But before we start boiling bunnies, it's interesting to see the GP at work. She rolls her eyes at the latest visit from her resident hypochondriac and hastily evicts him when she finds something better to do. She has her mobile phone switched on during consultations and doesn't hesitate to use it for personal texts. She is distracted and dismissive. She also chairs a committee to strike off the only traditional family doctor left on the team, the one who laments the turning of the practice from one that cared about, had time for and knew all its patients into one that is just a systematic factory on an efficiency drive. Admittedly said family doctor also has a drink problem and fails to turn up for surgery, but he does have a point.

I think all of us have seen the rapid decline in GP services in recent times. Practices are closing or merging with others, but after a merger there seems to be no increase in numbers of doctors available, just even more patients than before clamouring for appointments. So much so that it's now often completely impossible to get one. For at least a decade it's been standard practice to ring your surgery on the day at 8am sharp to book yourself in. Not long ago - after a night of watching my delirious daughter hallucinate, struggle to breathe and not even be able to keep a sip of water down - I had to wait on the phone for 45 minutes before my call was answered, by which point the ten appointments available that day had long since been allocated. I knew it was probably a virus, but it's hard to think straight when you have been up all night and she was so ill that I needed reassurance that it wasn't something more serious.

There's that mother's instinct, which a GP has to trust. I find it's more reliable than my instincts about my own health. I don't want to bother a doctor unnecessarily, which means I, like many others, am relying ever more on NHS Choices and online discussion forums for information. NHS Choices is generally very helpful. Some of the other sources are terrifying. Possibly medically uninformed and probably trying to sell something and definitely likely to make you want to see a doctor even more. But what is bad is that Google sometimes offers more facts on a given condition or symptom than your average GP. They seem to be terribly ignorant about a lot of things. Medical students have always had a bit of a reputation for hard drinking and partying at UK universities. It's hardly practising what they will later preach, or a good basis for learning all that they need to know. I remember the medics at Newcastle University complaining about the pass rate for their exams being higher than for other subjects. But the point is, none of us want to see a doctor who only knows 40-50% of what they are supposed to. You want them to know a good 80-90%, or ideally 100. But that ain't ever going to happen. Certainly not now, when you are lucky if a doctor even wants to stay in the profession, or the country, after qualification.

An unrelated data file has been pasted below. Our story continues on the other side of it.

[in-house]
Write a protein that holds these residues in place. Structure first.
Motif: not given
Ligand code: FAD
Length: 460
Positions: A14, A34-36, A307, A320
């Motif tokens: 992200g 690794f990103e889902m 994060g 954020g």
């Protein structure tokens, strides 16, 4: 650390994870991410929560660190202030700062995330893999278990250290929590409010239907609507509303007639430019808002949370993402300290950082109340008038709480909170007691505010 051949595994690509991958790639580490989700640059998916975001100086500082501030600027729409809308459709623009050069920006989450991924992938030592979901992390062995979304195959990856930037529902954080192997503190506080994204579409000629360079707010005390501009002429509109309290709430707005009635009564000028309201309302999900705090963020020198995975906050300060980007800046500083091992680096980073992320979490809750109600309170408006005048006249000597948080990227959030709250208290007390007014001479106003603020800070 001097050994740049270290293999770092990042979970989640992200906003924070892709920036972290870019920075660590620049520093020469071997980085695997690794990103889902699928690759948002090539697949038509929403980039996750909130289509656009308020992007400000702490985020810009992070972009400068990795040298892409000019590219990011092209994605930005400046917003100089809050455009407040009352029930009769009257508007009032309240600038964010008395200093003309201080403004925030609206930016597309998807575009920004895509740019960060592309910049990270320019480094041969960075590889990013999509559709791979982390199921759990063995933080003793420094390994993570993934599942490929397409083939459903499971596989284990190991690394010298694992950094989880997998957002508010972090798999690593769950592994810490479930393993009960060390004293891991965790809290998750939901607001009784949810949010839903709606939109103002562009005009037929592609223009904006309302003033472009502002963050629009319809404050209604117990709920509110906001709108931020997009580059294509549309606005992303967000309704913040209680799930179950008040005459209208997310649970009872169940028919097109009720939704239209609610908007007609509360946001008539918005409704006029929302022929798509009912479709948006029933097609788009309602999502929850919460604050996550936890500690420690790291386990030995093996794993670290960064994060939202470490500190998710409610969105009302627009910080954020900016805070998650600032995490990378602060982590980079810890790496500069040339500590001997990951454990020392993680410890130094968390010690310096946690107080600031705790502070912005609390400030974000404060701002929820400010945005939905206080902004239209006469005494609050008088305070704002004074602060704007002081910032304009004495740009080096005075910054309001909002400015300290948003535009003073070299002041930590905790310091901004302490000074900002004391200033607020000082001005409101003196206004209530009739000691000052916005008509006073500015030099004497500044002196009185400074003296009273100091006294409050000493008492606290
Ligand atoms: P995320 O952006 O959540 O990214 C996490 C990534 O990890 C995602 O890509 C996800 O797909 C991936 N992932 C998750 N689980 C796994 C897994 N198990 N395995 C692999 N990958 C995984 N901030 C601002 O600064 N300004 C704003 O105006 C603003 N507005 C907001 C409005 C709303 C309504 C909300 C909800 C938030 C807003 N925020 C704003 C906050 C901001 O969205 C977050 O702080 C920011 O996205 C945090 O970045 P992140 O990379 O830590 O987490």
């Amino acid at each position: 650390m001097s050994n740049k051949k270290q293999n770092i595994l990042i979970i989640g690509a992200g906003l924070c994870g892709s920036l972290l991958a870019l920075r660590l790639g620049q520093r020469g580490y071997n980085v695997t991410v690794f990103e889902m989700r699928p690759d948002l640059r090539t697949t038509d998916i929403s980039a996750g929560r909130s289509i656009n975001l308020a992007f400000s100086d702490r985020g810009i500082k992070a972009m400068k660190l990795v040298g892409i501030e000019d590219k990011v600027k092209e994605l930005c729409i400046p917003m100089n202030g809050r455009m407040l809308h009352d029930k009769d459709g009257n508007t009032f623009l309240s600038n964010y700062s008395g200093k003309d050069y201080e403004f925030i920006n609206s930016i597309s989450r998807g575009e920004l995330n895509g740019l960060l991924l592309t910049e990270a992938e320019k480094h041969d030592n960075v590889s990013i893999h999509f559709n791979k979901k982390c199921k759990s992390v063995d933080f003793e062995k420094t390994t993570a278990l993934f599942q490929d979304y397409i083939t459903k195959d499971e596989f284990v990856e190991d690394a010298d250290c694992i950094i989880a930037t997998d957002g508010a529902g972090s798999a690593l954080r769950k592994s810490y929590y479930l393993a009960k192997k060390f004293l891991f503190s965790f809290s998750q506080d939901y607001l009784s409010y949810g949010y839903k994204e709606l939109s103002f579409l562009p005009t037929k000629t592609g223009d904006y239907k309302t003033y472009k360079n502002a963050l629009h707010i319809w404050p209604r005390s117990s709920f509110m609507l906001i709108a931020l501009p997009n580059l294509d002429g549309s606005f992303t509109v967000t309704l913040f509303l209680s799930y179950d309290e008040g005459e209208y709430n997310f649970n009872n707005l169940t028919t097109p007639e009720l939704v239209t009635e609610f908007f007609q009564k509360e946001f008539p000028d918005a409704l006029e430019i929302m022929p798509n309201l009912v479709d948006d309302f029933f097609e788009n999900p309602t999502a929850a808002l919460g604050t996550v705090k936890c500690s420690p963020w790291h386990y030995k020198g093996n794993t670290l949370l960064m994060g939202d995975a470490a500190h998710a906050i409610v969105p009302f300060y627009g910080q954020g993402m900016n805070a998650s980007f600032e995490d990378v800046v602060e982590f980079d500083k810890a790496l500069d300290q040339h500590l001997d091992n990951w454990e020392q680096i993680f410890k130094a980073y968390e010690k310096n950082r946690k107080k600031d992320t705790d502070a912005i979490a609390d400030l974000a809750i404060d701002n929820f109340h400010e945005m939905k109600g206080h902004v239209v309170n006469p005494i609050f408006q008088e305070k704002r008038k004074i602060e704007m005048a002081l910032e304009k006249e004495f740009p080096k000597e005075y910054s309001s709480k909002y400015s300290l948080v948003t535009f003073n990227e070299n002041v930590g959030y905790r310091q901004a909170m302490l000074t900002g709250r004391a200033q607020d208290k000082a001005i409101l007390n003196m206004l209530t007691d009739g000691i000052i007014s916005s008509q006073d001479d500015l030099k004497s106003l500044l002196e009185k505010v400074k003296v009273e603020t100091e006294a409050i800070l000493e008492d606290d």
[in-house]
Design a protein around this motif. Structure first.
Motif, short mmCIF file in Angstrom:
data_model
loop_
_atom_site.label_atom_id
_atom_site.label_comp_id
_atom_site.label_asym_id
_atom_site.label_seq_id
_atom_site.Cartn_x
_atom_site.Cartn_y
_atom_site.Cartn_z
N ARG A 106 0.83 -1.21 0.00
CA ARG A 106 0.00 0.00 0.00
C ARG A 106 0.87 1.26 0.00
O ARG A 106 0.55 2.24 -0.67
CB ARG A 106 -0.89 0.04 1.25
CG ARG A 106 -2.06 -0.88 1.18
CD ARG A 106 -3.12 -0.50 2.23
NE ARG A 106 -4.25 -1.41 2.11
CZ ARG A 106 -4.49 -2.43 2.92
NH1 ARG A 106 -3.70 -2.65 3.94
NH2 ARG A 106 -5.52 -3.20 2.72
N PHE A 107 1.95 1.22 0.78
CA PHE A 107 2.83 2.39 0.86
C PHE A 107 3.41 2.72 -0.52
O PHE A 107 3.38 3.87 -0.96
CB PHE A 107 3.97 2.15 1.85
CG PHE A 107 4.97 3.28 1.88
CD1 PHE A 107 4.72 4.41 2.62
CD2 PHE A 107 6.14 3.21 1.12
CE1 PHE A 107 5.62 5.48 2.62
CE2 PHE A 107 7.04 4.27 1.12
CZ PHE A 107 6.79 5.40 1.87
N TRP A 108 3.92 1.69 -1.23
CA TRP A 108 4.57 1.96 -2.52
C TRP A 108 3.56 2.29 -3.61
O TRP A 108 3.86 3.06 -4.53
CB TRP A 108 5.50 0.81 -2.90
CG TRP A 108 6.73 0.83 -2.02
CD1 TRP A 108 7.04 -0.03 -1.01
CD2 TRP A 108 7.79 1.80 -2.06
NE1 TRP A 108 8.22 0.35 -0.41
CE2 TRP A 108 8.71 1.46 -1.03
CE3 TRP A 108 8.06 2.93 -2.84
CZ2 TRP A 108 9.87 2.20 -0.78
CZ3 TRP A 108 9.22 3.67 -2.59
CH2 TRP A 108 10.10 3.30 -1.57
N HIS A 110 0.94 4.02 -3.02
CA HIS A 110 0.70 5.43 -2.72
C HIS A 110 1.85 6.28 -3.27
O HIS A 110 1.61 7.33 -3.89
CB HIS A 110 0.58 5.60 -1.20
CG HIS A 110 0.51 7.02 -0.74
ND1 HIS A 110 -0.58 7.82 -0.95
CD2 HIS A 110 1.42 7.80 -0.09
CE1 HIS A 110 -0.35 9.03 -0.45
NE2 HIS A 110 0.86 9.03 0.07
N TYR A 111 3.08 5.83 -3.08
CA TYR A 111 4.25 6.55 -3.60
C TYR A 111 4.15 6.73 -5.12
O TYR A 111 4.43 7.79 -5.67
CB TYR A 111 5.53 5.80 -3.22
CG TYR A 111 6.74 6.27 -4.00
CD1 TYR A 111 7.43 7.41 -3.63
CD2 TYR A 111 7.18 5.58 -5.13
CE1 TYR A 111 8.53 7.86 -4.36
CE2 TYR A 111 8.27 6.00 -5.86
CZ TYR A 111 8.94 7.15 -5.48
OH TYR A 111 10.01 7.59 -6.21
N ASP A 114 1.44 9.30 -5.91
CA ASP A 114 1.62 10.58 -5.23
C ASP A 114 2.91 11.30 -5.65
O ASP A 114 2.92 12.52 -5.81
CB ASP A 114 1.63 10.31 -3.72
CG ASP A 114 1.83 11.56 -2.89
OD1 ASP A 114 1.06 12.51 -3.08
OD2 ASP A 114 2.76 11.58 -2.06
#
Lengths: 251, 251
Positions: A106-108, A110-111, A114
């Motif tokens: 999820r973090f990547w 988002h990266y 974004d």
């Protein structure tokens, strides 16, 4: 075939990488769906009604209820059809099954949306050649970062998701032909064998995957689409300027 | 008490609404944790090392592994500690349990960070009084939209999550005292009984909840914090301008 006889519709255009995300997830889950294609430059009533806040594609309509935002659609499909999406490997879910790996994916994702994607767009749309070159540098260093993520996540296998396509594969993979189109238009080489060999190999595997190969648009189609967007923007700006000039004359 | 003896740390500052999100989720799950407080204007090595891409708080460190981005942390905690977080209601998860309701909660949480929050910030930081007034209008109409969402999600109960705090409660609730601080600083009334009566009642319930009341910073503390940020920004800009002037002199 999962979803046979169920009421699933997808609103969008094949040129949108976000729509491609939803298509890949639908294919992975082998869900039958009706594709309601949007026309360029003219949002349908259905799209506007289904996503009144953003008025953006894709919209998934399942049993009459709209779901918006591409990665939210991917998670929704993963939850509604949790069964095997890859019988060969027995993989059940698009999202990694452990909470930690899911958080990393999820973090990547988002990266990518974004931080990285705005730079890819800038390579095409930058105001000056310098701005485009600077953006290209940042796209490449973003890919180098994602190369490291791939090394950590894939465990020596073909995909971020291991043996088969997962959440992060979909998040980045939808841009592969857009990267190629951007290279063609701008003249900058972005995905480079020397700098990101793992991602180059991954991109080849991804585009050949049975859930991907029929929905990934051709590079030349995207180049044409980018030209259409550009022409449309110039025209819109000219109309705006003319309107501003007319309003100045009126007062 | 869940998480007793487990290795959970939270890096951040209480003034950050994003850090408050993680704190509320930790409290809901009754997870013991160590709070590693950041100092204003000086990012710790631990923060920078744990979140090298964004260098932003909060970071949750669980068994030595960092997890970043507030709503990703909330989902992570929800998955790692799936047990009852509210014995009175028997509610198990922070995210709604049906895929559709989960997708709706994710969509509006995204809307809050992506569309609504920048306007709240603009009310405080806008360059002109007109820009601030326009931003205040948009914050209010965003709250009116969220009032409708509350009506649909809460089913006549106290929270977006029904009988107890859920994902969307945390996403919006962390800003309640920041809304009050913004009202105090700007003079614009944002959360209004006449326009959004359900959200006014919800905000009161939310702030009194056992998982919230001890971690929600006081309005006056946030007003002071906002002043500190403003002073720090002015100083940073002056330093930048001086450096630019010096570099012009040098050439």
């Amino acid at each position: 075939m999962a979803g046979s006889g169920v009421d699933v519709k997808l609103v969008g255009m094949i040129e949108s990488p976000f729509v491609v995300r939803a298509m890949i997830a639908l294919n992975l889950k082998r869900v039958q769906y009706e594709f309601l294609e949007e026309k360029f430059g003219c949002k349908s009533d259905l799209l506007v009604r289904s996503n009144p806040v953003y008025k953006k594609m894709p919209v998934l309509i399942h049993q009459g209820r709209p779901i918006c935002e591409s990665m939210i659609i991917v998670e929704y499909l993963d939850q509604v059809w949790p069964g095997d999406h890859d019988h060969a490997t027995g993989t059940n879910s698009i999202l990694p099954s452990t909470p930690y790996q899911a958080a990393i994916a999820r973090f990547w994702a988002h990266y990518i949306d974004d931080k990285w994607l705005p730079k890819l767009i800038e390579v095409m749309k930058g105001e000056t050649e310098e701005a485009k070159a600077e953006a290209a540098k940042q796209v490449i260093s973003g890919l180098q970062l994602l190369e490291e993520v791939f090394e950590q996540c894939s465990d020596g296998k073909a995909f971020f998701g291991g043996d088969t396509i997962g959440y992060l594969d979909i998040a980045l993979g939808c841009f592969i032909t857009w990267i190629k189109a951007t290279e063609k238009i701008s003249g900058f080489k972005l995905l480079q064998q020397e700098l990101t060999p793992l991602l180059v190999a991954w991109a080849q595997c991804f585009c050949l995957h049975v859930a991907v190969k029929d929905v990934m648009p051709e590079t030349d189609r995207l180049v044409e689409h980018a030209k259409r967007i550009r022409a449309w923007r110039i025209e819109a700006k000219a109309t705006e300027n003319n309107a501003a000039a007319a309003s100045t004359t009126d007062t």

GPs have so many patients to see that they have become masters of the fob-off - they will diagnose you with the first thing that comes into their heads so that they can get you out the door and see their next patient on schedule. They'd probably prefer to just speak to you on the phone and not see you at all. There is no time for them to probe any deeper and no budget for tests or referrals if they can possibly avoid them. Ten minutes is often nowhere near enough to get to the root of a problem. Or you just discuss the most pressing issue and have to leave the three niggling other things for another time that never comes. Most of us don't mind a longer wait if it means that the doctor will also not make us feel rushed when it's finally our turn, but GPs are having to meet targets and quotas and this is sometimes what they are pushed to care about more. I did have an excellent local GP who always gave you the impression she would do anything in her power to help you, but she is a rarity and sadly she has been off sick for the past six months (miraculously not with stress). I hope she isn't relying on her own GP or local NHS services to cure her.

Wednesday, 16 September 2015